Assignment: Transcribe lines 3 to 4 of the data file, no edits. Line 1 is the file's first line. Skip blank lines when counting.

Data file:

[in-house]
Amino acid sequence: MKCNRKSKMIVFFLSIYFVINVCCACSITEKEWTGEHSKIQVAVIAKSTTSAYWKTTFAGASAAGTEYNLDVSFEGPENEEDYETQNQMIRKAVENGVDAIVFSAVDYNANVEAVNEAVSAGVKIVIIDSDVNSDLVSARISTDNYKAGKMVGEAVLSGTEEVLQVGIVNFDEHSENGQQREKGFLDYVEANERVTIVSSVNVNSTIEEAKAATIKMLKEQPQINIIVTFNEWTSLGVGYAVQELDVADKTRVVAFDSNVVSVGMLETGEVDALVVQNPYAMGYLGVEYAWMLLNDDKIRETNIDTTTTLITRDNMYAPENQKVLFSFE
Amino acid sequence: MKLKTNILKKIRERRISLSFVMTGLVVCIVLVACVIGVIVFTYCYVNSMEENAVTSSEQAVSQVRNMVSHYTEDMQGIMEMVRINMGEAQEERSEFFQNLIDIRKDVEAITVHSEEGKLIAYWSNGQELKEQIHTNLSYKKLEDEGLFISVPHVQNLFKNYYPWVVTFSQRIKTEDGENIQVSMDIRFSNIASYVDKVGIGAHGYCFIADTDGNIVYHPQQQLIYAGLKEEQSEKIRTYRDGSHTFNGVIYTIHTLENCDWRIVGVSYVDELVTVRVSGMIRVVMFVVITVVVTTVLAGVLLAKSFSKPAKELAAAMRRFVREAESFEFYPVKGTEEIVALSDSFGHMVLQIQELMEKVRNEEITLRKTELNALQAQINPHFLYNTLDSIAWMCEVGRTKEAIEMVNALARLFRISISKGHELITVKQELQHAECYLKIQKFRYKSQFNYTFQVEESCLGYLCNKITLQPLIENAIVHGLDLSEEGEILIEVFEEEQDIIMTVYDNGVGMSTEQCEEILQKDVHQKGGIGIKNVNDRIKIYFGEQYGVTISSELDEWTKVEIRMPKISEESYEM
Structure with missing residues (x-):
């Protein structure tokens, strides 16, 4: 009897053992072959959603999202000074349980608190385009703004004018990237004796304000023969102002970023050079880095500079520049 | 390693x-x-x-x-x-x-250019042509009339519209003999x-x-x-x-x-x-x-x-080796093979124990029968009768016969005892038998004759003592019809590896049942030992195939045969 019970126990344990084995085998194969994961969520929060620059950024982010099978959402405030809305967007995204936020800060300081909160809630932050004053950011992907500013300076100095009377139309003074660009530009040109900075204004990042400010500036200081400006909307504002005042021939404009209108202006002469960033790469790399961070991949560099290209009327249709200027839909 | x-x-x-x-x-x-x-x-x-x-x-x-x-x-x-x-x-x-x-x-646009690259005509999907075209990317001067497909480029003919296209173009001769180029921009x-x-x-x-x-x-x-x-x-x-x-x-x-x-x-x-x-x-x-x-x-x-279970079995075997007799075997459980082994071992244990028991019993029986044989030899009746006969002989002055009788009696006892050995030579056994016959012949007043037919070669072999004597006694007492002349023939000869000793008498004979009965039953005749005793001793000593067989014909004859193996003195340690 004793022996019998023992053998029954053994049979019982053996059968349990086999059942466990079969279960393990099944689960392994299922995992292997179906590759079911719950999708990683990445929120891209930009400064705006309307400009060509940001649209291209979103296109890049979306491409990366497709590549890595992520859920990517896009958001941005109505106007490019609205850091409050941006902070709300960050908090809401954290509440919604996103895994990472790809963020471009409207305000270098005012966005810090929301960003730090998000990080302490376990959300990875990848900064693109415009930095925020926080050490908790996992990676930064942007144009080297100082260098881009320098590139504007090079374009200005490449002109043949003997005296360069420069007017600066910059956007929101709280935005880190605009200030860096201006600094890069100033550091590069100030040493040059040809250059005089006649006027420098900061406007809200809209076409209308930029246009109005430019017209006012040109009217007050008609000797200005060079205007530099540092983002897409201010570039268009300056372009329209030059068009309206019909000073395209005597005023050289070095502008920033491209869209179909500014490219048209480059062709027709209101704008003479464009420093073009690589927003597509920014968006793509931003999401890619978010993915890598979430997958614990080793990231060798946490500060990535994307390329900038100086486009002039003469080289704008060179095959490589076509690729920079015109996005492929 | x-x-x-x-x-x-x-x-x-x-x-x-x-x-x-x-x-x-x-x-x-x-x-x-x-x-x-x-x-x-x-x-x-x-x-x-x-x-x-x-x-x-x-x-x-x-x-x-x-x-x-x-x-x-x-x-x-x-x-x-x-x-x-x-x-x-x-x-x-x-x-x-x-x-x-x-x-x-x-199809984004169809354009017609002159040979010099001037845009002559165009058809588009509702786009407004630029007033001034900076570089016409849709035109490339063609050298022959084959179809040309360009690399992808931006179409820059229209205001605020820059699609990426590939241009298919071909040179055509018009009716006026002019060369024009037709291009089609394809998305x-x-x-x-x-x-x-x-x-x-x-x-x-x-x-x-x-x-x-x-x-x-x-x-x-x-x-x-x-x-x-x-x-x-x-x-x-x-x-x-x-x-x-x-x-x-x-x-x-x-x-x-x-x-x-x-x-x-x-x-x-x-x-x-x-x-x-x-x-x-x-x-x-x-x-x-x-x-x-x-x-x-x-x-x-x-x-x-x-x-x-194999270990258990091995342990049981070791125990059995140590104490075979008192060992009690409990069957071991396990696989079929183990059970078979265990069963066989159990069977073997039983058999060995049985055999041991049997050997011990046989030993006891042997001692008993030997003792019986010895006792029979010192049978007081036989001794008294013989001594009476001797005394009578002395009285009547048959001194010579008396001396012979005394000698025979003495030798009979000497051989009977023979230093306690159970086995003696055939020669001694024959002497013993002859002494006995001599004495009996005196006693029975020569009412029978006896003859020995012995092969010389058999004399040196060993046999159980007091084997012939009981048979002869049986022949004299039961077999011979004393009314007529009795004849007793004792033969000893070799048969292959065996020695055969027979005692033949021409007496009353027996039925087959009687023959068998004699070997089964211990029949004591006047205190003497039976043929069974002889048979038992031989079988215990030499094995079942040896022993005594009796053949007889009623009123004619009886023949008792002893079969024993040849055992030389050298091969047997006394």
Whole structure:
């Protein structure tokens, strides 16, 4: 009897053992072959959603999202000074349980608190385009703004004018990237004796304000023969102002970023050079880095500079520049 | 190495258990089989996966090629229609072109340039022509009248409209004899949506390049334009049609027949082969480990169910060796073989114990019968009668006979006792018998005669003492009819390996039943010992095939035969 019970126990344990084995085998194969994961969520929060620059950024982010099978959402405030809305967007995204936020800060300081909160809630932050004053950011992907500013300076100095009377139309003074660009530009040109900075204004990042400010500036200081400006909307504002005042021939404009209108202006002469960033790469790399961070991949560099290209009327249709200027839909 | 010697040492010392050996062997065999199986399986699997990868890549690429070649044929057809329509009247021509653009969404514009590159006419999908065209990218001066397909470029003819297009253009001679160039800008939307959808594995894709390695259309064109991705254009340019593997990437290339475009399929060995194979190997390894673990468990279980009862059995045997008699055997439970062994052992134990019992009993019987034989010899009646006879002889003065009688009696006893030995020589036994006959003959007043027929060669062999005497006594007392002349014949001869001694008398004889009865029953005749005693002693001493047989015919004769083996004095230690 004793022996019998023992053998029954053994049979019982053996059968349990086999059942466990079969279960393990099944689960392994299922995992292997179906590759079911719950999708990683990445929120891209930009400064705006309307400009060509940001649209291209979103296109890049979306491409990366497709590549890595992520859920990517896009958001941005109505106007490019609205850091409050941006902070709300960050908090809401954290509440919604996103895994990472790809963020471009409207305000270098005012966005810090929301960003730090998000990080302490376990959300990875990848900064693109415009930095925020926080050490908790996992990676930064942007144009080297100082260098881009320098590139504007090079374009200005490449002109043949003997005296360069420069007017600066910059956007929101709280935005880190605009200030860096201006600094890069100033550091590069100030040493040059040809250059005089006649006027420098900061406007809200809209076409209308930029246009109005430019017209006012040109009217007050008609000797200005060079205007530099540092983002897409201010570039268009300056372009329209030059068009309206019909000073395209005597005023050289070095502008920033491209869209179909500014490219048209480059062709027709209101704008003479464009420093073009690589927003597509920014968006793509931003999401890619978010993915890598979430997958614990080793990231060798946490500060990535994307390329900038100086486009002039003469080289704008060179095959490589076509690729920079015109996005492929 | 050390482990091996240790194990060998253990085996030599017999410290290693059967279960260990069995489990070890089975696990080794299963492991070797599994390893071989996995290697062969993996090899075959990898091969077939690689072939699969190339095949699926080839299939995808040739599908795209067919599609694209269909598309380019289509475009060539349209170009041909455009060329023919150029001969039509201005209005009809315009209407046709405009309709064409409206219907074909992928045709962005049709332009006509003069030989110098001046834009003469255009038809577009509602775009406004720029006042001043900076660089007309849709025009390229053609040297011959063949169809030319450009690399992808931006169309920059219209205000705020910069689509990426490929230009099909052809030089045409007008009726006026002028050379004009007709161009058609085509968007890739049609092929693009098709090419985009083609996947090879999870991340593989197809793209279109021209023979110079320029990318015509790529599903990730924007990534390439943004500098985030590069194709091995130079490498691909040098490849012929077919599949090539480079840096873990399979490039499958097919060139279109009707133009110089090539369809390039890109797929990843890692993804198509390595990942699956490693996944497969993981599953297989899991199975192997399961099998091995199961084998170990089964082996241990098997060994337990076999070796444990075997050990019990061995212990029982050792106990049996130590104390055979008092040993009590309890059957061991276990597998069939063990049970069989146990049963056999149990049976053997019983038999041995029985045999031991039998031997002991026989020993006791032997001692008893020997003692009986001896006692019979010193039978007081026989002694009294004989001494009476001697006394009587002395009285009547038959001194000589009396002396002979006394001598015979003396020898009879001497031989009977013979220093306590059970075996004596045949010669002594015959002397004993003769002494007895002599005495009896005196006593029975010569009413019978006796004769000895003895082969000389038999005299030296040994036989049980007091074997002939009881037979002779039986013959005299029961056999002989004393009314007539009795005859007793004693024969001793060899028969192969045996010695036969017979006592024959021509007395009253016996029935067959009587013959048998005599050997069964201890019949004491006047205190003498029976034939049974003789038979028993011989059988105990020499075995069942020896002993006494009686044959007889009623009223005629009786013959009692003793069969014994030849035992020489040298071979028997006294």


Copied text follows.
Amino acid sequence: MKLKTNILKKIRERRISLSFVMTGLVVCIVLVACVIGVIVFTYCYVNSMEENAVTSSEQAVSQVRNMVSHYTEDMQGIMEMVRINMGEAQEERSEFFQNLIDIRKDVEAITVHSEEGKLIAYWSNGQELKEQIHTNLSYKKLEDEGLFISVPHVQNLFKNYYPWVVTFSQRIKTEDGENIQVSMDIRFSNIASYVDKVGIGAHGYCFIADTDGNIVYHPQQQLIYAGLKEEQSEKIRTYRDGSHTFNGVIYTIHTLENCDWRIVGVSYVDELVTVRVSGMIRVVMFVVITVVVTTVLAGVLLAKSFSKPAKELAAAMRRFVREAESFEFYPVKGTEEIVALSDSFGHMVLQIQELMEKVRNEEITLRKTELNALQAQINPHFLYNTLDSIAWMCEVGRTKEAIEMVNALARLFRISISKGHELITVKQELQHAECYLKIQKFRYKSQFNYTFQVEESCLGYLCNKITLQPLIENAIVHGLDLSEEGEILIEVFEEEQDIIMTVYDNGVGMSTEQCEEILQKDVHQKGGIGIKNVNDRIKIYFGEQYGVTISSELDEWTKVEIRMPKISEESYEM
Structure with missing residues (x-):